51. I don’t know if I eat primal or not, since I just found this web site a couple of weeks ago, and I’m in the middle of reading the book. But at the urging of my trainer, I switched to a whole foods, low carb (average 37.8 grams per day, according to Fitday) since last August. I’m probably not primal because I spend a couple hundred dollars a month on Crossfit and a trainer. My wife does not follow a similar life plan, lots of sodas, high carb snacks and food. So we spend around $600 per month on both types of food. Therefore, it’s hard to compare costs. But, even if it’s more to eat whole, how much does a quadruple by-pass cost? Or, death?

  52. In Nova Scotia prices are high and increasing further. Just an example a head of conventionally grown romaine is 3.99. Yes I think there is gold in it and yes I still buy it.

    I’m working on keeping my individual food budget to 465.00 per month and I don’t eat out.

    Compared to many friends where I live they think my food cost is excessive. They spend about half and don’t take into consideration all the Tim Hortons (coffee & donuts etc) as well as other restaurant food. They also don’t factor in all the over the counter or perscriptions. It would have to be extreme for me to use those.

    Hippocrates famous quotes is “Thy Food Shall Be Thy Medicine.”

    I say pay now or pay later.

  53. My family isn’t fully primal, but with the two of us, my toddler, and newborn, we have a monthly budget of about $300 for groceries. I can actually make this happen by shopping at Costco for most of my groceries. Their Organic selection keeps getting better, and their prices can’t be beat! I can’t wait for them to carry grass-fed beef, but for now the organic ground beef will have to suffice.

    My family has no budget for eating out, yet it happens anyways. Right now I think we have it down to $200-ish a month.

    At a total food cost of $600 (I added an extra hundred because I tend to not add my incidental trips for milk and veggies) this is 20% of our take-home income. We live in California.

  54. this whole hype about “rising food costs” – well – food costs have been shoved so artificially low by our industrial farming of junk that they HAVE to go up if we are to get any quality back in the food supply –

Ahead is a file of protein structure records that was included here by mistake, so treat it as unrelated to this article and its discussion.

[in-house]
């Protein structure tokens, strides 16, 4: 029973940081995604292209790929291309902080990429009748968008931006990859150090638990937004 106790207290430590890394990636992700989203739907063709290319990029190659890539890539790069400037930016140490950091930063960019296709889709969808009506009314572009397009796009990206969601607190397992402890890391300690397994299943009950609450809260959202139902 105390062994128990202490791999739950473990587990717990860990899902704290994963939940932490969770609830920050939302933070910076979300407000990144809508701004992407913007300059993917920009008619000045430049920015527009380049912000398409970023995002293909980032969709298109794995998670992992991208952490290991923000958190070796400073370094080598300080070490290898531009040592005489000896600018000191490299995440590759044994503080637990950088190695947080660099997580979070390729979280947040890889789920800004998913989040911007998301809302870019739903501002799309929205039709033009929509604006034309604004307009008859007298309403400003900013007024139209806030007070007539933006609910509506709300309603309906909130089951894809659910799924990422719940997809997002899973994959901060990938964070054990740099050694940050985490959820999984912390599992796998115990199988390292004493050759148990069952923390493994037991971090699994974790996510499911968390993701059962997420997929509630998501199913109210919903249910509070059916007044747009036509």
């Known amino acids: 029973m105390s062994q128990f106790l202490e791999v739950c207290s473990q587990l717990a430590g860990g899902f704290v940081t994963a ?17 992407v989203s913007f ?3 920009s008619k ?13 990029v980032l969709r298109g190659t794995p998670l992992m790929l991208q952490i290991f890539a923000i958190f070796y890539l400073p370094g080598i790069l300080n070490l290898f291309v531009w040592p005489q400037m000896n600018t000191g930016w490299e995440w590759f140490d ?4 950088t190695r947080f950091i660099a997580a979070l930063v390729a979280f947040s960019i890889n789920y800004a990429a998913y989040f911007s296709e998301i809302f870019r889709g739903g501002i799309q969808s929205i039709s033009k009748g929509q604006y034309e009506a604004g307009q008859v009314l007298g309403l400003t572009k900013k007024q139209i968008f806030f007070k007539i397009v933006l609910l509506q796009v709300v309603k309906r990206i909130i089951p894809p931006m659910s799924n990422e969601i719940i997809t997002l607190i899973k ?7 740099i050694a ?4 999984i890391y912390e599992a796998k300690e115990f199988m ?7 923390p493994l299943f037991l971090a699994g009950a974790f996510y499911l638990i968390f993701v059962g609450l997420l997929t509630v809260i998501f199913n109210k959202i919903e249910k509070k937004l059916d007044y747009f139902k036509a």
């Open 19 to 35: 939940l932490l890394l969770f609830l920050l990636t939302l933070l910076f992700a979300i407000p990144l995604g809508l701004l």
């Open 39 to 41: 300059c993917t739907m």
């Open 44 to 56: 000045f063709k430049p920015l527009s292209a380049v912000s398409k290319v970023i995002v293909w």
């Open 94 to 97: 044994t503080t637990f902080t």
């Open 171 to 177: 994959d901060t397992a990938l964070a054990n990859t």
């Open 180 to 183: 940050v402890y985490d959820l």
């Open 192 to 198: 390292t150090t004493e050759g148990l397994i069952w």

Thanks Mark for highlighting this – it’s *extremely* important that people get a perspective on this food-cost thing – we are eating SO MUCH CHEAPER (with a matching level of cheap quality) than any time in the last 100+ years – and this is NOT a good thing – last month i did a post on this very issue urging people to understand that they cannot get real quality on the cheap (you GET what you PAY for) (as we are growers and KNOW the costs of good organic fare) (Re-Thinking the Appropriate Cost OF Food)

    i have a little cutworm problem in my greens in the greenhouse right now – the conventional chemical controls cost about $12, organic-but-not-OMRI-approved controls cost $26 and what did i end up paiying for all organic-OMRI approved controls for this nasty little caterpillar pillaging my chard? $58.00

    Please everyone get a clue – pesticide free (or safe organic ones) herbicide free good organic fare, meat or veg – COSTS TO PRODUCE!

  55. I spend on average $100 per month on pastured eggs, raw milk and raw milk cheese. (but this factors in a 2qt per week of kefir production for some family members.)
    $120/month on pasture raised meats, organs, fat, and bones from the farm
    $80/month on vegetables/salt/beans/legumes.

    SO about $200 total for myself. And that is with me NOT using all the meat and animal products i buy each month. That is what i spend.. it is not what i consume each month. I always have left over cuts of meat/ bones/ fat/organs from the month prior’s purchase.

    I eat out about 6xs/month. -Yes you can still eat clean and have a social life! LOL

    I think the issue with food prices is the fact that people do not understand how to USE an animal or animal products. They are also spending their money on the WRONG things which is mostly foods that are devoid of nutrients. SO they have to eat and buy more in order to even come close to be satisfied by their nutrient intake. For example: The bones (with marrow and joints or the whole carcass as with fowl) should be slow boiled for hours to extract the nutrients and marrow and to soften the cartilage and connective tissues to eat them. A split marrow bone and one cut beef joint is enough to make two-three batches of broth- about a gallon each. From this you can make stews, soups, or drink it by itself. 1 whole broiler chicken makes two 5-quart pots of soup that is full of meat. and you could probably stretch the meat into three big pots of soup and be totally fine. 1- $10 chicken + $5 veggies/herbs/salt = SEVERAL meals. So meals for a week only cost $15-$20. average of 14 meals is just over $1 per meal. How awesome is that!? Not every meal ends up being that inexpensive…but consider there is much more that people can do to lower their food costs (and subsequent energy costs) even by cooking all their meals from scratch.